Binyamina, a town near Haifa in the north, was officially labeled a “red” location on Wednesday, according to the Health Ministry’s COVID guidelines.
The town had 122 active COVID cases as of Thursday morning, according to the Health Ministry, with a 3 percent overall positive rate among those tested, compared to 0.3% for the country as a whole. Binyamina is currently the only red location in the country, and the first to be designated as such in several months. Modiin, which had 71 active cases as of Thursday morning, was labeled “yellow.” Every other municipality in the country is considered “green.”
Under Israel’s “traffic light” plan, first published in August, each municipality is given a score between 0 and 10 based on several factors, including the number of new cases per 10,000 residents, the rate of positive tests in each town, and the rate of increase in the number of new patients in each town. Cities and towns that receive an average score of 7.5 or higher will be defined as “red”; the current score in Binyamina is listed as 8.
Overall, 138 new COVID cases were confirmed in Israel on Wednesday, marking three straight days of more than 100 new cases daily. Prime Minister Naftali Bennett said Wednesday that if there are more than 100 daily new cases on average for a period of a week, Israel’s indoor mask mandate — which was lifted on June 15 — will return. Dr. Sharon Alroy-Preis, the Health Ministry’s public health director, said Thursday that she believes the mandate will be reinstated by Sunday.
Earlier this week, 44 children at one school in Binyamina tested positive for COVID, and the outbreak has since spread across the city. As of Thursday morning, 1,107 people in the city — which has a population of about 15,000 — were in quarantine due to exposure to a positive COVID patient. The indoor mask mandates for Binyamina and Modiin — which had its own school-linked outbreak this week — were reinstated on Sunday.
On Wednesday, the Health Ministry announced that masks were once again mandatory in all hospitals and health clinics as well as at the airport. The ministry also said that it can order even vaccinated or recovered Israelis — who are generally exempt from quarantine — into home quarantine if they are known to have been in contact with a patient infected with the Delta variant or if they traveled on a plane with a positive COVID patient.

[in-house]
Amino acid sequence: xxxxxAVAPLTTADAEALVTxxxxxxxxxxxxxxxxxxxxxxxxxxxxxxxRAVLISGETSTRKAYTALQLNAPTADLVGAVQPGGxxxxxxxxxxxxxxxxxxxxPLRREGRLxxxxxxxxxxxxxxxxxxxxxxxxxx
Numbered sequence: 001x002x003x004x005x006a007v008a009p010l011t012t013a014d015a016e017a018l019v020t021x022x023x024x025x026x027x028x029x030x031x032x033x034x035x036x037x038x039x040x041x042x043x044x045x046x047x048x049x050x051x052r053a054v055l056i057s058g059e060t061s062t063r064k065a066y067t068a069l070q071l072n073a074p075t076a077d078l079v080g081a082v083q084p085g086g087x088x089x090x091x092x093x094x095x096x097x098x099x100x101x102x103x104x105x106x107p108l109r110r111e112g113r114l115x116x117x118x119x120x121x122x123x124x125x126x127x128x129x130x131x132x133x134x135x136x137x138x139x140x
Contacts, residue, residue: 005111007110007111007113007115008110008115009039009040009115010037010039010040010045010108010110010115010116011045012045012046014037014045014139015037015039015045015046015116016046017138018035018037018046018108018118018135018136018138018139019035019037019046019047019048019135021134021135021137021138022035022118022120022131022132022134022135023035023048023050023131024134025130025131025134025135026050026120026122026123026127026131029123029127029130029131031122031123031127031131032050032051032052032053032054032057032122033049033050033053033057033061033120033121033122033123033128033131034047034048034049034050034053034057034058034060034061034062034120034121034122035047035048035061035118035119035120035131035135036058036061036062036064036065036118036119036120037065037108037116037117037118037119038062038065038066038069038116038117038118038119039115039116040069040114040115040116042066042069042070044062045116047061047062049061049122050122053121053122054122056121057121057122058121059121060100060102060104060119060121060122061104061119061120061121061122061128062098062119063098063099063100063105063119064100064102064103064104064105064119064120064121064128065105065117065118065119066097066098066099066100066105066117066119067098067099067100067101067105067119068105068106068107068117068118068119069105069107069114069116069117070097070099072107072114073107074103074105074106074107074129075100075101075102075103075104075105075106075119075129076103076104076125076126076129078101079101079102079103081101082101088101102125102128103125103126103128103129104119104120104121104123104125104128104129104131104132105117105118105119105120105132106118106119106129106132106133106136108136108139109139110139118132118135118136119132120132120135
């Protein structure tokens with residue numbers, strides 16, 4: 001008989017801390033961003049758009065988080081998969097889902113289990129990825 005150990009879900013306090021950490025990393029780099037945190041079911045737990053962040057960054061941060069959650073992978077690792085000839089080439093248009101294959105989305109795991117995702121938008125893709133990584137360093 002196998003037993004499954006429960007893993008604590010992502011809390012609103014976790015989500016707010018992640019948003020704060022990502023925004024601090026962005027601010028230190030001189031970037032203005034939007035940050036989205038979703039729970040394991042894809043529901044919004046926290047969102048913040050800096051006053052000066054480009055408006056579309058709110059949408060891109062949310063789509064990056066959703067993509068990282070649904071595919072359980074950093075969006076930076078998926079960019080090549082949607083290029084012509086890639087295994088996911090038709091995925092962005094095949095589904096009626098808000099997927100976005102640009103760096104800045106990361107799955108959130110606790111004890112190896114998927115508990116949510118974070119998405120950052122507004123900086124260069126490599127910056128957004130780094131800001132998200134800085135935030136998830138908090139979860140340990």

According to Health Ministry statistics, 60% of Binyamina residents are fully vaccinated and 63% have received at least one COVID vaccine shot. Those figures are slightly ahead of the overall average in the country, where close to 60% of all residents have received at least one shot and 55% are fully vaccinated.
Dr. Alon Rappaport, the medical director of Pfizer Israel, told Ynet on Thursday that the Pfizer-BioNTech COVID vaccine is effective against the Delta variant.
“The aggressiveness of the Indian variant is not yet known, but the vaccine is also effective against it,” Rappaport said. “We are not worried and constantly monitor the vaccine’s efficacy data. As long as the vaccine’s efficacy is high, probably at rates of over 90% — we do not think it is necessary to update it.”
Bennett and Interior Minister Ayelet Shaked agreed on Thursday to reopen the epidemiological tracking system in order to identify people whom a positive COVID patient may have come in contact with.
As of Thursday morning, there were 680 active COVID cases in the country; on Sunday there were just 290 active cases.
Concerns in Israel are rising over the ultra-contagious Delta variant of COVID, which is believed to make up some 70% of new cases in the country. Visiting Ben-Gurion Airport on Tuesday, Bennett urged Israelis to reconsider traveling abroad, in particular with unvaccinated children, over COVID fears.
The prime minister, who said the government is working “to cut off” the Delta variant “early and decisively,” also called for all 12- to 15-year-olds in Israel to get vaccinated as soon as possible, and noted that Israel’s stockpile of vaccines will be expiring in the coming months, and therefore teenagers should make appointments soon. He warned the teenagers to get their first shots before July 9.
Health Ministry figures show that demands for the COVID vaccine has spiked this week, with more than double the number of first doses administered so far this week compared to the same period last week.
On Wednesday, the government announced that the date to allow vaccinated tourists to enter Israel was being pushed off from July 1 for at least a month over concerns of new contagious variants.